Series: Covenant of Thorns #2
Published: October 7th 2013 by Carina Press
Genres: Fantasy, Romance, Paranormal Romance
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Rogue’s Possession, the second installation in Jeffe Kennedy’s fantasy romance series Covenant of Thorns, picks up the tantalizing story of a human trapped in the land of the fae. In the previous book, Gwynn (formerly Jennifer) was able to negotiate a deal that kept her from being killed on the spot by angry fae, and it involves having her firstborn child with the handsome but dangerous Rogue. Gwynn realizes that something’s up with the fae wanting firstborn children, but Rogue is physically prevented from talking about their fate because of a spell that Titania, the queen bitch of the fae, has upon him. Rogue’s Possession is the story of Gwynn’s quest to figure out what really happens to the firstborn children before it’s too late.
One of the things that I love about this series is that Gwynn was a scientist back in our own world. The land of the fae is a topsy-turvy Wonderland that reminds me of something out of a Lewis Carroll story. Things don’t make sense or operate according to laws of nature that we’re used to. But Gwynn is still analytical and tries to figure out what rules constrain the fae, what drives them, and how she can not only survive but thrive in their world. Each chapter begins with one of Gwynn’s observations about the fae, and we can see her understanding begin to shift and deepen as the story progresses.
While I do greatly enjoy the magic and the interactions between the characters, I wish there was more of a focus on consent. On the one hand, this is obviously a fantasy story, and the mythological fae are not benevolent creatures. And, as I mentioned in my review of Rogue’s Pawn, she really ought to have known better when making her initial bargain, because this is very basic faery lore. On the other hand, I wish that Gwynn had more of a choice. Now, by this point in the series, I’ve come to respect and trust Rogue, or at least, as much as one can trust a fae. He values Gwynn’s consent, and he wants her to come to him willingly. But there are others who treat everyone else as lesser beings whose agency doesn’t matter. The fact that Gwynn cares about other people’s feelings sets her apart from the rest of the fae, and makes her life more challenging.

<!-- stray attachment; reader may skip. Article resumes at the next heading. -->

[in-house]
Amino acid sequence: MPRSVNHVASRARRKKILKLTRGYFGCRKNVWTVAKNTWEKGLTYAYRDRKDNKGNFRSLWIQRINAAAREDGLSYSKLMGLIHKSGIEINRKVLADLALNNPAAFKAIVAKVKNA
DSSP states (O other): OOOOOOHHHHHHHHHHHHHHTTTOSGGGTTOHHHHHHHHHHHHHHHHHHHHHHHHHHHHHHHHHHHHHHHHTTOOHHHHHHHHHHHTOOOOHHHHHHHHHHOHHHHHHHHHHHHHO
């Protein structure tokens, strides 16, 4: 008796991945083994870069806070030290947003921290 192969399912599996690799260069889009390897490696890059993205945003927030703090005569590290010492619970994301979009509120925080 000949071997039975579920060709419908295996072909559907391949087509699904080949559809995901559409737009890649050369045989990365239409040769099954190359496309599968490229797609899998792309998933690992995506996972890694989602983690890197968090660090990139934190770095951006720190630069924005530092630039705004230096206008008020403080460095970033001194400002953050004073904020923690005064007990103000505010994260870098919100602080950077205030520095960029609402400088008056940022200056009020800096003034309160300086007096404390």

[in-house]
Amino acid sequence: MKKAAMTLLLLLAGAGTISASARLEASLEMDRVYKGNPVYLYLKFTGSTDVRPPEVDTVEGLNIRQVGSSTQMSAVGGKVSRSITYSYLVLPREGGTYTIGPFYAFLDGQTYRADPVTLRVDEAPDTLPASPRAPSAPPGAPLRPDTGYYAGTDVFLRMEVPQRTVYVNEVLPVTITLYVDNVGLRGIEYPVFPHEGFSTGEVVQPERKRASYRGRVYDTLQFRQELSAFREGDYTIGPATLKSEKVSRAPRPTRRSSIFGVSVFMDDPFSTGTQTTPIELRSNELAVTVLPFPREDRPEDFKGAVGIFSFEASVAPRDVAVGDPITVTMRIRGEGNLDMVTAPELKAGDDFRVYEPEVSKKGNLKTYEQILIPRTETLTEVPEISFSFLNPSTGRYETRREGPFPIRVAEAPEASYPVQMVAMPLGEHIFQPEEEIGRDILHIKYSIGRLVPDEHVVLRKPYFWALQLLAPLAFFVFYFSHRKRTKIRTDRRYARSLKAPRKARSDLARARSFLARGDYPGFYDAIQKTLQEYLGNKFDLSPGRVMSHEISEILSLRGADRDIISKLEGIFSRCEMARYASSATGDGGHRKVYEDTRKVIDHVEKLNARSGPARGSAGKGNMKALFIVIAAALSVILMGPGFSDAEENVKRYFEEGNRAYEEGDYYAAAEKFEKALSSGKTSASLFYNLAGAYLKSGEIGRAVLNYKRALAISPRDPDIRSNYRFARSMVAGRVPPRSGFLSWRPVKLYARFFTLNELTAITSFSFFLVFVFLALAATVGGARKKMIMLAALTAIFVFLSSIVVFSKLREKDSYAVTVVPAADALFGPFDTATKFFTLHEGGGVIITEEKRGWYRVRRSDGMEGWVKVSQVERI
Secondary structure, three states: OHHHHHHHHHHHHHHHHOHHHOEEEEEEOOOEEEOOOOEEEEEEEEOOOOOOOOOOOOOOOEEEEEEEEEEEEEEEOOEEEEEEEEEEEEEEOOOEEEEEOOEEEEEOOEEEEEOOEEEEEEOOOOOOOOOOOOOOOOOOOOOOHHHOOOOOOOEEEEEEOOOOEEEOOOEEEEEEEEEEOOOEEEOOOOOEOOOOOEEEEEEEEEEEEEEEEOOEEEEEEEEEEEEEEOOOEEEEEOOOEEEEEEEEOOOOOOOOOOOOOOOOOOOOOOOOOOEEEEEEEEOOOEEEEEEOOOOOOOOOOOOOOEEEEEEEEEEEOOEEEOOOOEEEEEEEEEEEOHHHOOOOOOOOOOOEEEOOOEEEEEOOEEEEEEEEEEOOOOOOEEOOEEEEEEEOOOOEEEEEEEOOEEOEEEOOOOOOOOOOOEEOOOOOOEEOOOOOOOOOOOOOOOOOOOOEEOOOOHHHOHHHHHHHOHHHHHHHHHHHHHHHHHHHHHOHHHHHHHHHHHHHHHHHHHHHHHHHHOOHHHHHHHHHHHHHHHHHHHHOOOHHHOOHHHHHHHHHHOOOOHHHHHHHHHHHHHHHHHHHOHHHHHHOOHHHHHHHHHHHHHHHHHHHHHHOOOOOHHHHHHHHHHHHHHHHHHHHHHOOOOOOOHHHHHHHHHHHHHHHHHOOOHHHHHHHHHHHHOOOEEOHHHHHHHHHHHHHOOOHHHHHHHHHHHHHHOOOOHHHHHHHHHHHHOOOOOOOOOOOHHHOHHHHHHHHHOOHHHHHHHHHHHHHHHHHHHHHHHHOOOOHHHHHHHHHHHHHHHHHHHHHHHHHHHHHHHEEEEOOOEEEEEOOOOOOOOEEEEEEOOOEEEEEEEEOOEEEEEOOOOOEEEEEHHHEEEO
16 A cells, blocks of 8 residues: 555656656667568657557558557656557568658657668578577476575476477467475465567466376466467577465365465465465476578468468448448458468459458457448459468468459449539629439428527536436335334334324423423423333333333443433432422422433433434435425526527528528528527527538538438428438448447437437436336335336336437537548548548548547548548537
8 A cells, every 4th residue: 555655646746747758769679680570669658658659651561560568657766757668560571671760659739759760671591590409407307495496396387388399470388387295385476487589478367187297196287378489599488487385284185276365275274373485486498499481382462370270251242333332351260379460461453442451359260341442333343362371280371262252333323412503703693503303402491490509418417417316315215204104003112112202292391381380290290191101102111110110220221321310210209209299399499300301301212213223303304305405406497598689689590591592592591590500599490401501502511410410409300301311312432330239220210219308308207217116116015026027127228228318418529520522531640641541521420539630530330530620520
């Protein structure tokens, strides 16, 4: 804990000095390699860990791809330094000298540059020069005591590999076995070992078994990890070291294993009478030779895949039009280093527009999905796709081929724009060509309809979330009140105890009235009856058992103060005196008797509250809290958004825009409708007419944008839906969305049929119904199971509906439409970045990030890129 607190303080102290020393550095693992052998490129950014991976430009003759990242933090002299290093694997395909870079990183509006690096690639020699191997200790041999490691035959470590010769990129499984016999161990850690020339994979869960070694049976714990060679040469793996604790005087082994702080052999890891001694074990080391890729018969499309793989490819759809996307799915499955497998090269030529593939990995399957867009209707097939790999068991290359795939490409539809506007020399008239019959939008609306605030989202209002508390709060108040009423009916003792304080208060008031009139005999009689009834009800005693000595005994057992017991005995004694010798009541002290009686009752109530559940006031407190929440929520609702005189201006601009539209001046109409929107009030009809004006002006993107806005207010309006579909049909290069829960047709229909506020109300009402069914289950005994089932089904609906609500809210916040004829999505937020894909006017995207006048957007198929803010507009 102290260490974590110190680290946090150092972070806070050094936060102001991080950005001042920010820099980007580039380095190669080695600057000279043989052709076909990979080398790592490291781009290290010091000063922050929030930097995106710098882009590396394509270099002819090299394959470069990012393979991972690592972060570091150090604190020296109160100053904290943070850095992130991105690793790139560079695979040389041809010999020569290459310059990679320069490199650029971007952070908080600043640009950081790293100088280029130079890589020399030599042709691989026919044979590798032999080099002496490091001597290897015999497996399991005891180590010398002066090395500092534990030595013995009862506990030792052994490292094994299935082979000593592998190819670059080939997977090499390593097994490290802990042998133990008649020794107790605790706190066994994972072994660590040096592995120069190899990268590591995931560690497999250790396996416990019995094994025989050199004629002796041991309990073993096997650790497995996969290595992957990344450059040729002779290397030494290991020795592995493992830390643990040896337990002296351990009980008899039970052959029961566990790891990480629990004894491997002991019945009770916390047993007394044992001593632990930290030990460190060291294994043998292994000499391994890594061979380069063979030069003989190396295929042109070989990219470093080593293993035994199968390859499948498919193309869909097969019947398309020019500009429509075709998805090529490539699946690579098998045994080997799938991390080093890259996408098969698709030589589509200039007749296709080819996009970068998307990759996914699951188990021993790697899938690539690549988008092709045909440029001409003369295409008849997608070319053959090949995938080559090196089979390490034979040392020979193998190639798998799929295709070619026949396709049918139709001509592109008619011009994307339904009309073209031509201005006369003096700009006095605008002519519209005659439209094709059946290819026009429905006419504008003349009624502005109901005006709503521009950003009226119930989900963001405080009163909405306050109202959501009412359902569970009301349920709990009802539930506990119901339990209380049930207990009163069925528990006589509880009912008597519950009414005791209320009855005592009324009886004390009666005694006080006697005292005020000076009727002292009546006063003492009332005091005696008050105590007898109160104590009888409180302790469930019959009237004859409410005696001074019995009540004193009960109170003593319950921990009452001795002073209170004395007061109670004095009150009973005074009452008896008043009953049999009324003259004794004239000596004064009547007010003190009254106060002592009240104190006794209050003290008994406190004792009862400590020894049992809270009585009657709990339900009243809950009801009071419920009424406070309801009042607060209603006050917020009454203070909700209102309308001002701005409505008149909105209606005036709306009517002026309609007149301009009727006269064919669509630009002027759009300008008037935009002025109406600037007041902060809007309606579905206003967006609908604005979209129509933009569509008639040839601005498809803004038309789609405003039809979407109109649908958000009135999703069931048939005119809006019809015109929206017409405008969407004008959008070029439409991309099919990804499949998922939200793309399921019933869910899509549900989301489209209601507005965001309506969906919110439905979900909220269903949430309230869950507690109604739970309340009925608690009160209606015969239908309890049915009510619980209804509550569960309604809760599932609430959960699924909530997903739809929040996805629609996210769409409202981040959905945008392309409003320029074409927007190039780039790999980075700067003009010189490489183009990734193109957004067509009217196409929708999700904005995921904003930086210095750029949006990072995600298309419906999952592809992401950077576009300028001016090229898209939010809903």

My favorite part of Rogue’s Possession though wasn’t the story between Rogue and Gwynn, but rather of two secondary characters, Starling and Athena. Starling’s half human half fae, and as such, she doesn’t really fit into either world. As the book progresses, she starts to learn to value herself even if nobody else sees her as an equal. And then there’s Athena, the punk-rocker dragonfly girl. Dragonfly girls are one of the lesser orders of fae, and they’re pretty much silly and brainless. But due to a spell, Athena becomes self-aware, and like Starling, she makes a place for herself in the world, adopting a punk attitude and becoming a general badass. Seeing each of those characters come into their element was heartening, and I can’t wait to see how they evolve as the series continues.
I love Jeffe Kennedy’s stories, and Rogue’s Possession is no exception. Smart heroines, sexy male leads, and plenty of magic are sure to delight.